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Review: Sony Google TV NSZ-GS7

Sony shrinks its Google TV box, but the new box lacks basic functionality.

Inability to Manually Install Firmware Updates

After a bit of research, we found that a firmware update had been issued on August 3, 2012, with a build date of July 24, 2012 (the firmware ends in 20120724_URSC_S67254, with the initial 2012 number being the build date). This new firmware was the one that Tony, the Sony representative, was referring to in the Google TV Hangout video.

However, when we tried to update the firmware during our initial set-up on August 24, the unit first said, "Your system is currently up to date," but also gave the "last checked date" as July 23, 2012. Since we knew there was a July 24 build, released on August 3, we opted to click on the "check now" button to update the firmware.


Or, perhaps a bit more precisely, the screen status changed from "last checked date" to "checking for updates," but then just remained in that state for more than 20 minutes.  

After two additional attempts, we went to Sony's electronic support site and found the firmware update information

Turns out there's no way to manually update the firmware on our NSZ-GS7 test unit, at least according to the support website. 

Due to the fact that clicking the "check now" button on the firmware update page resulted in twenty minutes of watching the screen prompt showing "checking for updates" with no results, we figured Sony might have a USB workaround for upgrading the unit's firmware.

Nope. The site's troubleshooting notes that "This update is only available directly through the NSZ-GS7 Network Media Player."

What about USB? Nope. "It is not possible to download and install this update using a USB device."

We even tried accessing the firmware update support page directly on the NSZ-GS7 built-in Chrome web browser. No luck, as the "download" button just routes the user to an explanation on how to set up network access on the Google TV unit, and that the update could either by manually requestion (as we'd done) or allowed to automatically occur.

So we waited. We waited some more. We turned off the Sony NSZ-GS7, waited a few minutes for good measure, and then turned it back on. Then we waited. And watched some Netflix. And waited some more.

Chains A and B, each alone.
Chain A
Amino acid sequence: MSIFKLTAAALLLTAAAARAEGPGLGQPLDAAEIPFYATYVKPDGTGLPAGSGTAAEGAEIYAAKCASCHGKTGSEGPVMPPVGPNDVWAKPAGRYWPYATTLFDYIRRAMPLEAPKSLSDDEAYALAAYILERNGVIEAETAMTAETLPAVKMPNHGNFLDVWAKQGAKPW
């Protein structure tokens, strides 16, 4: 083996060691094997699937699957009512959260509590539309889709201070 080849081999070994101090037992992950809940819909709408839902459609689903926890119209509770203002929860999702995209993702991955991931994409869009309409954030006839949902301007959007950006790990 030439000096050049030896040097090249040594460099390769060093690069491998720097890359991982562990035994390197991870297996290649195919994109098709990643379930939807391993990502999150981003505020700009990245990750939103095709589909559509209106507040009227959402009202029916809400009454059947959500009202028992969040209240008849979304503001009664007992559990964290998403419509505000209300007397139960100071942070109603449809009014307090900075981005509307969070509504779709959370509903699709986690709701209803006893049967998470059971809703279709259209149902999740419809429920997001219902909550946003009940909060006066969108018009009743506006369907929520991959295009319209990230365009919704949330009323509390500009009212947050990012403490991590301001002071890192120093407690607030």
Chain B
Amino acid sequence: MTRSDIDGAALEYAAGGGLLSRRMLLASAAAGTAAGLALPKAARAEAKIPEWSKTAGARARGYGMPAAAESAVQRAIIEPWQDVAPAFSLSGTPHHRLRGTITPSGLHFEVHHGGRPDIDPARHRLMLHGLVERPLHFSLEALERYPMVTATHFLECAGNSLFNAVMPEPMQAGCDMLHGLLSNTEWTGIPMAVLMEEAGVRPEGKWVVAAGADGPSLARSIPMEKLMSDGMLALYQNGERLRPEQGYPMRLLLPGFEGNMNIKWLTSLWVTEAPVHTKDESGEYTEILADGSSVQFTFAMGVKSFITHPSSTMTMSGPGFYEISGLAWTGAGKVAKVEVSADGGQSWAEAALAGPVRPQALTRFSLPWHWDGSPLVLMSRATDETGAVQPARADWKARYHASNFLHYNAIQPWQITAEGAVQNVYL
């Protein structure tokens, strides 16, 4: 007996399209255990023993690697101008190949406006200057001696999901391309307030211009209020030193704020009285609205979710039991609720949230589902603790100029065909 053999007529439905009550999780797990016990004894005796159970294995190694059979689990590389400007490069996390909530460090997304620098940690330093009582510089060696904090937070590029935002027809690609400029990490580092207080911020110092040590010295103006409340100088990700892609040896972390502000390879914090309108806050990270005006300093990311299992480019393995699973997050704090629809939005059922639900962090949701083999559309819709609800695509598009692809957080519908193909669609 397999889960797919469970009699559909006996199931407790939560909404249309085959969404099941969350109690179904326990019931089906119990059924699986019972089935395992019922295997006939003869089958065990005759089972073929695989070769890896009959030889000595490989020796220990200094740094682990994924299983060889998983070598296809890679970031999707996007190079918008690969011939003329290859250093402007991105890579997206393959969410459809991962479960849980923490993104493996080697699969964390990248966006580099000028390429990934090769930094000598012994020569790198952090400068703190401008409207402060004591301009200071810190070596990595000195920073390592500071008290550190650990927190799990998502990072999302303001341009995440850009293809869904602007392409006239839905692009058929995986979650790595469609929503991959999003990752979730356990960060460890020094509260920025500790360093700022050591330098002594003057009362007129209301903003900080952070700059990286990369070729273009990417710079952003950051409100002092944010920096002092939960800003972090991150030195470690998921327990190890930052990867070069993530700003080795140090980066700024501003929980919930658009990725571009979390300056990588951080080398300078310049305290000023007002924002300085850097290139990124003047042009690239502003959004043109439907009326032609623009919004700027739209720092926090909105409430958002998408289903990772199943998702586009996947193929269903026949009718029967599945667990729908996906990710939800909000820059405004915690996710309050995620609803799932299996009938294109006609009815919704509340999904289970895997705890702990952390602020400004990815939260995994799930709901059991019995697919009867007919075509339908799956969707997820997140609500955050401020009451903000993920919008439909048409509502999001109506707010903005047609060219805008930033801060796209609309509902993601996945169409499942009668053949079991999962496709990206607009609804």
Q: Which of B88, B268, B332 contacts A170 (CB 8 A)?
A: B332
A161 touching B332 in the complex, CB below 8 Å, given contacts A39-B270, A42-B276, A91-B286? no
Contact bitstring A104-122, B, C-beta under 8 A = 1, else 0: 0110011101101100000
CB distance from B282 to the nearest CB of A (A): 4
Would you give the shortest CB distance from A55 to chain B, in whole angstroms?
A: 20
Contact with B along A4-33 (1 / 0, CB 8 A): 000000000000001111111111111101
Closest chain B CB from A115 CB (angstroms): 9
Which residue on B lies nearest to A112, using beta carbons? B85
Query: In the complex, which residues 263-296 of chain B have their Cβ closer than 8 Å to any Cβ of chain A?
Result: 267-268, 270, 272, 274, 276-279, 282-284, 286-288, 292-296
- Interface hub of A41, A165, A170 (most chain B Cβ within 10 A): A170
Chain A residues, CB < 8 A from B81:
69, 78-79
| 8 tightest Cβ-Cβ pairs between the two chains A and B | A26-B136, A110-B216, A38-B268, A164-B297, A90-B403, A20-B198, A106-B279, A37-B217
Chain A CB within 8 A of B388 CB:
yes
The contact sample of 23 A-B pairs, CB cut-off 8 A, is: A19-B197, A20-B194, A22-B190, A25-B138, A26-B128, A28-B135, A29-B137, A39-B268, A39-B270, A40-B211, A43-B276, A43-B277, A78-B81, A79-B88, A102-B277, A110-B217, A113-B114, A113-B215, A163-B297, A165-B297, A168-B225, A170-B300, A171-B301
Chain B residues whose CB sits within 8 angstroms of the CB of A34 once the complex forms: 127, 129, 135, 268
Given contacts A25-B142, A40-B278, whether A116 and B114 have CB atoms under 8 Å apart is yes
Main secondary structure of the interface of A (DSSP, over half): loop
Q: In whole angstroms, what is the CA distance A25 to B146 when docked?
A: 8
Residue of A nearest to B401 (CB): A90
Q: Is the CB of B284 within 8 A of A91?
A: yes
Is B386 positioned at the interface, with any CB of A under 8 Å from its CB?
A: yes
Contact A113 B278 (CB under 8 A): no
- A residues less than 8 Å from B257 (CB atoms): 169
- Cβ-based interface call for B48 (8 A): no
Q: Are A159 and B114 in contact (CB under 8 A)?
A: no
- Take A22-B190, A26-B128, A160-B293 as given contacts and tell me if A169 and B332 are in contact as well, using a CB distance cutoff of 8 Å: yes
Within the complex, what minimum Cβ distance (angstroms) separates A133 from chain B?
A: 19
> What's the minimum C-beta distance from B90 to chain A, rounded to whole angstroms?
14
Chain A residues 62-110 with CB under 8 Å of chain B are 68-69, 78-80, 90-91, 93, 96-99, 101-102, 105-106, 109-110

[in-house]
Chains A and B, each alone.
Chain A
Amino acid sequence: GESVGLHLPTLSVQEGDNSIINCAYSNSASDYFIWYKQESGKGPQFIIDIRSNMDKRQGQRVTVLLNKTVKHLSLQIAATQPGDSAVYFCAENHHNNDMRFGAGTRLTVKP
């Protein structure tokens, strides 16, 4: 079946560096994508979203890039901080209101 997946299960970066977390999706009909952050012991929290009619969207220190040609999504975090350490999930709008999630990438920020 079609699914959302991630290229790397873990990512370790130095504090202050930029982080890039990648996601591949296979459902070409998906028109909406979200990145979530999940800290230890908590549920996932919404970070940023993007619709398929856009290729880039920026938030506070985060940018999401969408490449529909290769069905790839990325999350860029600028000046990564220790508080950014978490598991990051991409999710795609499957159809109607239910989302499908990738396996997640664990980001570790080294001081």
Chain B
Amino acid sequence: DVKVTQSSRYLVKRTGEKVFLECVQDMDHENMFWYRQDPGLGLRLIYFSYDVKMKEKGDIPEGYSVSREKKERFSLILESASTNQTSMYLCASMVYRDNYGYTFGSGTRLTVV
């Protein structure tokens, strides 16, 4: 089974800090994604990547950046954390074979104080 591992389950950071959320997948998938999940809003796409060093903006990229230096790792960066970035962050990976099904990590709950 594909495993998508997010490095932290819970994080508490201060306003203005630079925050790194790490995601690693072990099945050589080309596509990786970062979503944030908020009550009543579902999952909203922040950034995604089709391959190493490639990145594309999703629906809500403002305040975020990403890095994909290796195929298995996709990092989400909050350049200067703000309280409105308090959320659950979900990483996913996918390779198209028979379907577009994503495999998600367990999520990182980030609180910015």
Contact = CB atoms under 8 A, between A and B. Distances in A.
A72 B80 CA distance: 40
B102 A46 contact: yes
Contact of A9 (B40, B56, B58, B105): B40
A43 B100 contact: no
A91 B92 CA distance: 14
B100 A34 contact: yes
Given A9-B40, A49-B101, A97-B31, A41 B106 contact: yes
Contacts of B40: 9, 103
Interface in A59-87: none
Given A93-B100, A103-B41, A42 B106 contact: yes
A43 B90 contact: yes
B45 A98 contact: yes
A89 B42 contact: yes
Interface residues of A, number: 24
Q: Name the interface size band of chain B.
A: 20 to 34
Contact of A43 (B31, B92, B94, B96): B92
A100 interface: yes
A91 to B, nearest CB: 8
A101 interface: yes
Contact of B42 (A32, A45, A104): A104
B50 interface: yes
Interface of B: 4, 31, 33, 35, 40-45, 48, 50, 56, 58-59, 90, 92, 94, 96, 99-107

About thirty minutes later, a prompt on the screen said that an update was available. Maybe it's like adage about watching a kettle: ignore it and something finally happens. 

So we let the NSZ-GS7 do its thing, upgrading the firmware. Once it completed and the unit rebooted, we were glad to see that the Media Player was no longer was grayed out or described as "coming soon," but instead was a working app

Still no DLNA Support

Remember the Google TV Hangout mentioned above? The one that said the Media Player app would work and that DLNA support would be enabled?

Turns out that's only half true.

The firmware update (20120724_URSC_S67254) does enable the Media Player app but still does not support DLNA. 

A note on the Sony firmware page states: "The Media player application only supports local contents (Internal Memory and USB). This application is not supported using DLNA technology."

Now we understood a bit more about why Tony, the Sony representative on the Google TV Hangout, stated that Plex was installed. "Until that happens"—referring to the firmware update that was supposed to provide both Media Player app and DLNA support—"one of the pre-installed apps, Plex, will provide local media support, if you set up your Plex media server."

You can't miss Plex, as it's the first prompt on the screen when the NSZ-GS7 is launched, prodding you to set up your Plex server. 

What's a Plex server? We were a bit befuddled, too, and then found it was a media server that lets one view content locally. Except it's limited by the fact that it requires the user to run a separate Mac or Windows machine. Plex doesn't support the basic network attached storage (NAS) that many users find the Google TV well suited for—besides watching Netflix and YouTube videos on their 55" LED TV.

Not a good thing. So we dragged out a few older USB flash drives, formatted them to FAT32—the only formatting that the Sony NSZ-GS7 supports. The FAT32 limitation means that ExFAT formatting doesn't work on the NSZ-GS7, so files larger than 4GB, such as bit-for-bit DVD transfers aren't supported. Which is why DLNA is needed in the first place. 

The one positive note, after the firmware upgrade, was that we were able to confirm the unit was able to play back MPEG-2 content, something the original Sony NSZ-GT1 could do but the Logitech Revue could not. 

Not Ready for Prime Time

The Sony NSZ-GS7 is a work in progress, not yet ready for prime time. While Sony supports the widest range of codecs of any Google TV unit on the market today, the NSZ-GS7 still lacks the basic functionality of the much older Sony NSZ-GT1. 

It's a mystery why Sony chose to release the NSZ-GS7 before it had even basic local functionality, and we hope Sony will rapidly rectify this situation. At twice the price of competing products like the new Visio Co Star, Sony has a tough game ahead.